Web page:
"Here he comes again," Jimmy said.
"I hear him Jim. What do you think we should do here?"
"Let's just wait a bit and see what he is going to do," Jimmy replied. That sounded good to me as I did not want to start a war with a grizzly who was not twenty feet from us - and us both lying down too. That bear sniffed around and poked around in those panniers for what seemed to me like an hour. We'd hear him roll one of the boxes over and then licking it clean. Then he'd move to the next one. He must have gone through them all about three times each, and then he stopped and we could not hear him anymore. We waited. And waited. We knew he was right outside the tent flap and that we were now literally trapped inside that tent.
General layout of the camp. Jimmy and I were in the blue tent, and the
hunters were in the white canvas tent. Lucky Lake is in the background.
"I'm going to call Lars," Jimmy said, "It's light enough to shoot now." I guess the bear heard him too and got curious as to what that noise was, because the next sound I heard was the tent flap parting around that grizzly bear's head as he stuck it through the gap and took a step forward so that the tent flap gapped around his shoulders. He was about three feet from my legs and his little beady eyes were taking in Jimmy and I as we sat there half in and half out of our bedrolls shivering in the cold.
"I'm going to shoot," Jimmy whispered.
"No!" I said. "Wait! He's too close." I could see that 30-06 aimed right at that bear whose shoulder looked about six feet high as he stood over my legs. I knew Jimmy could drop him right there, and I also knew that 30-30 of mine would be firing all seven rounds as if it was a full automatic once I got that lever started. But that bear was just too close! I'd seen enough grizzly bears die to know that one of their last acts is to get something - anything- between their jaws and crunch it to powder. This bear was right beside my legs.
His head looked as big as the back end of my saddle horse and those little beady eyes at that distance took us both in with a slow flat stare that I don't believe missed anything inside that tent. He eye-balled Jimmy and he eye-balled me and his head moved but a fraction as he did. Then with a slow and deliberate motion he backed up and slid outside of the tent to sit outside the flap and sniff at the boxes once more. I felt like he'd decided to leave us alone in the fridge 'til later for dessert, as we were in the bag so to speak. It bothered me, that feeling.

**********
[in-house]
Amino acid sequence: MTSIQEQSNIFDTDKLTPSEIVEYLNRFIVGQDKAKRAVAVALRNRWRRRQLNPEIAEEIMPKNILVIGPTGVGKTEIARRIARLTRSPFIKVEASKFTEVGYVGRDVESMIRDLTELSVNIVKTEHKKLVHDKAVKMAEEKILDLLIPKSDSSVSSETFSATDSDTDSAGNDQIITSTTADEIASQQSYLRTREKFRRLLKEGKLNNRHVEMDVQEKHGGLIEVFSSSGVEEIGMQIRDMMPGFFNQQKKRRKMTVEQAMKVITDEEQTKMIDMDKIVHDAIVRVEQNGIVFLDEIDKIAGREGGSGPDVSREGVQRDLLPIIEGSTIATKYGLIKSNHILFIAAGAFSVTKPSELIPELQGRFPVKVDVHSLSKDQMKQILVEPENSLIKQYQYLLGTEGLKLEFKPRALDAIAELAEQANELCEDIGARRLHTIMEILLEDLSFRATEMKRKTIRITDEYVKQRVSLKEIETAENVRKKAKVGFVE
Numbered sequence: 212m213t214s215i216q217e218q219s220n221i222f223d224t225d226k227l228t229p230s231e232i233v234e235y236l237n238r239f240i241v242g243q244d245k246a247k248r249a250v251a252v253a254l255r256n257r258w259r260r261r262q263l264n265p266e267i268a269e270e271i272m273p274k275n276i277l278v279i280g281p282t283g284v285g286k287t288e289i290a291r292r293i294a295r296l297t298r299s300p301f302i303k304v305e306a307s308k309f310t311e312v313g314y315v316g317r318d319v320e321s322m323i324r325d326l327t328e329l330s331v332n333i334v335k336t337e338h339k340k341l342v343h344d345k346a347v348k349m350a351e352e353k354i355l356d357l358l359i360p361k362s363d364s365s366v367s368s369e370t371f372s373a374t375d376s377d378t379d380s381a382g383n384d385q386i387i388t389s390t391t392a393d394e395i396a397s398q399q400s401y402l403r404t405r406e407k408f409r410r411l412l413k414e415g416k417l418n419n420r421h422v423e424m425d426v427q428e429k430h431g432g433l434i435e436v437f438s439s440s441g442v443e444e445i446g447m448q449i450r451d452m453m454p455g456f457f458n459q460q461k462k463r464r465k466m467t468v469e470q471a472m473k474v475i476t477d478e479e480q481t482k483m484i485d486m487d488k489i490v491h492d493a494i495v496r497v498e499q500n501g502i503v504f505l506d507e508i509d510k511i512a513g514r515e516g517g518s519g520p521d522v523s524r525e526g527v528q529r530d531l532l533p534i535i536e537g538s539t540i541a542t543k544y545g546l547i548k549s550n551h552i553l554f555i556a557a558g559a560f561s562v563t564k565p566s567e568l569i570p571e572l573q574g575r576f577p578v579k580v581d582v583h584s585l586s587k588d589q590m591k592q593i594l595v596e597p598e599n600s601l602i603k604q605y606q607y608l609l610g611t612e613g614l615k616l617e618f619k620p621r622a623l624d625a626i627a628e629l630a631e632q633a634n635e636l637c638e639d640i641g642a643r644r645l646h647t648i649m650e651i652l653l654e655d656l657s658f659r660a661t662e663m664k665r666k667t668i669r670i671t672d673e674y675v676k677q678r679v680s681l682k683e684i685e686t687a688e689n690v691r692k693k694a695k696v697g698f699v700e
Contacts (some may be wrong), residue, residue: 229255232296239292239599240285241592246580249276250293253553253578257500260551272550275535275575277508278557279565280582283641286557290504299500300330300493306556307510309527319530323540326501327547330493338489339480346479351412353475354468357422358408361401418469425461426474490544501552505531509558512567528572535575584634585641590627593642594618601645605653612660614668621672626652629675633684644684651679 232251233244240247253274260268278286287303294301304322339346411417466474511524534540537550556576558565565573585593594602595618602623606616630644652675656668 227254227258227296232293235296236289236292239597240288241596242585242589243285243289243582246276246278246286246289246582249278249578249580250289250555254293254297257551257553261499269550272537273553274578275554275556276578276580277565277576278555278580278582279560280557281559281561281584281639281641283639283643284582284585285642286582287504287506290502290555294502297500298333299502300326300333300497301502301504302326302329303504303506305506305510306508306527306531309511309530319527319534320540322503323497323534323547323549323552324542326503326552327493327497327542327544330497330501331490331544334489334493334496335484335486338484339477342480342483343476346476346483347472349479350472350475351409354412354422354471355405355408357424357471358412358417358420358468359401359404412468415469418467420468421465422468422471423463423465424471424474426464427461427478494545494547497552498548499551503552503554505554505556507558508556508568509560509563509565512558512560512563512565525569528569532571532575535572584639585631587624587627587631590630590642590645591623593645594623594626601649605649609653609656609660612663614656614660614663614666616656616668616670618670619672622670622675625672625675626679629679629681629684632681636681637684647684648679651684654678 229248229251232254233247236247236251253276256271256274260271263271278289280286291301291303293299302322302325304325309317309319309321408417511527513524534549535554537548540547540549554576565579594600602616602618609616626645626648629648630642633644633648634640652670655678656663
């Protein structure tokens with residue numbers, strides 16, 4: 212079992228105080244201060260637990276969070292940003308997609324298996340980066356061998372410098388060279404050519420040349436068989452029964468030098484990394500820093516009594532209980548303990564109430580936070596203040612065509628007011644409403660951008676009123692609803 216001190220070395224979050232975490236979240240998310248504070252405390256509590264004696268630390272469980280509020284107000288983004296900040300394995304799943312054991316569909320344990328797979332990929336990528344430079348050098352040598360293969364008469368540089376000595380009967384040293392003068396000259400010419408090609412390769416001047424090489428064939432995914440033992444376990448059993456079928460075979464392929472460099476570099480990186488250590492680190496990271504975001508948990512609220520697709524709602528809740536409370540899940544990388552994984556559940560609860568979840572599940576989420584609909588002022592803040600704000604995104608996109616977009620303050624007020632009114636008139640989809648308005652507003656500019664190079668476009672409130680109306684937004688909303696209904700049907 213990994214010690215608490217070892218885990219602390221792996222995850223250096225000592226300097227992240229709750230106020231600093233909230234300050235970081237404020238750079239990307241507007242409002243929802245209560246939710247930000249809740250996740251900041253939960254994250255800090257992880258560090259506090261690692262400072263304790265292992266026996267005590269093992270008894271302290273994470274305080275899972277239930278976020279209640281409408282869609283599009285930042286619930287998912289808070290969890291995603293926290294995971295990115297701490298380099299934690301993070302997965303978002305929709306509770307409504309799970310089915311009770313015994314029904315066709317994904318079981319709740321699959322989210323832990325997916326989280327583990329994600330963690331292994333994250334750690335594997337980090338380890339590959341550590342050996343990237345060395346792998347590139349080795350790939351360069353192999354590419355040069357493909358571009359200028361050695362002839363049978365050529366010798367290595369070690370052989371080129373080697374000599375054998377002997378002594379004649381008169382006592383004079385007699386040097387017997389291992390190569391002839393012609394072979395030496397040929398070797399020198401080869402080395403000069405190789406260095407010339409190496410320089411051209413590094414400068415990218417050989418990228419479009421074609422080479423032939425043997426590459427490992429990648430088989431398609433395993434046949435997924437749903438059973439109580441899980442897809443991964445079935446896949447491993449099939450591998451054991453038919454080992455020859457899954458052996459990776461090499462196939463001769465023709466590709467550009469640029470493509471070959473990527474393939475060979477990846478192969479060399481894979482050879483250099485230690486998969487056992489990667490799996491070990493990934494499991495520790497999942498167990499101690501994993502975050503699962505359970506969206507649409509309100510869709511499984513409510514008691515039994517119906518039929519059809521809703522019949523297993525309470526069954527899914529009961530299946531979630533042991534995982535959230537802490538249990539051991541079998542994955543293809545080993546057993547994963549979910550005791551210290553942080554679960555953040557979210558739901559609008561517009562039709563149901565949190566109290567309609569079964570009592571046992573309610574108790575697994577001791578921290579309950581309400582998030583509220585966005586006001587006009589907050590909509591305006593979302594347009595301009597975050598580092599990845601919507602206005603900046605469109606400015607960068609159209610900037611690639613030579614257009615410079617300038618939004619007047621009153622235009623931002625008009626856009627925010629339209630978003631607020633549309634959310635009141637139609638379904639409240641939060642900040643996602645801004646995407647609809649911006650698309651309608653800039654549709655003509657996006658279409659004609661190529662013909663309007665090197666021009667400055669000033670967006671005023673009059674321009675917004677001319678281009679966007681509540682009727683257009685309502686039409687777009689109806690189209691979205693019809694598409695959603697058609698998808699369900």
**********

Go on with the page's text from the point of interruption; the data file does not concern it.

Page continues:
If you've been around grizzly bears much, you are aware of the raw power and speed that these animals are well known for. They are very effective predators and are at the top of the food chain. I was feeling about the bottom of the food chain at the moment and was thinking of the size of the claws on this boar. We could see he was a mature bear and was a good big specimen of a Yukon grizzly. These interior bears do not get as big as their coastal cousins, although they are both the same species, but the food they live on is different. The coastal bears get to take advantage of the salmon runs and all that protein makes them grow huge compared to the interior bears in central Alaska and the Yukon Territory. A big Yukon grizzly will go eight feet. This particular one from my vantage point of the moment, looked like he'd make that at least. He was a deep dark chocolate brown, and from what I had seen so far, had the bowed legs and short neck of a boar. A hungry one.
We were fairly trapped now. We could not get out of the tent, and we were too close to start the ball rolling to make the bear move away. What to do?
"I'm going to holler at Lars, and warn him and Benny," Jimmy whispered again.
"Good idea Jimmy, tell him to bring his rifle, too."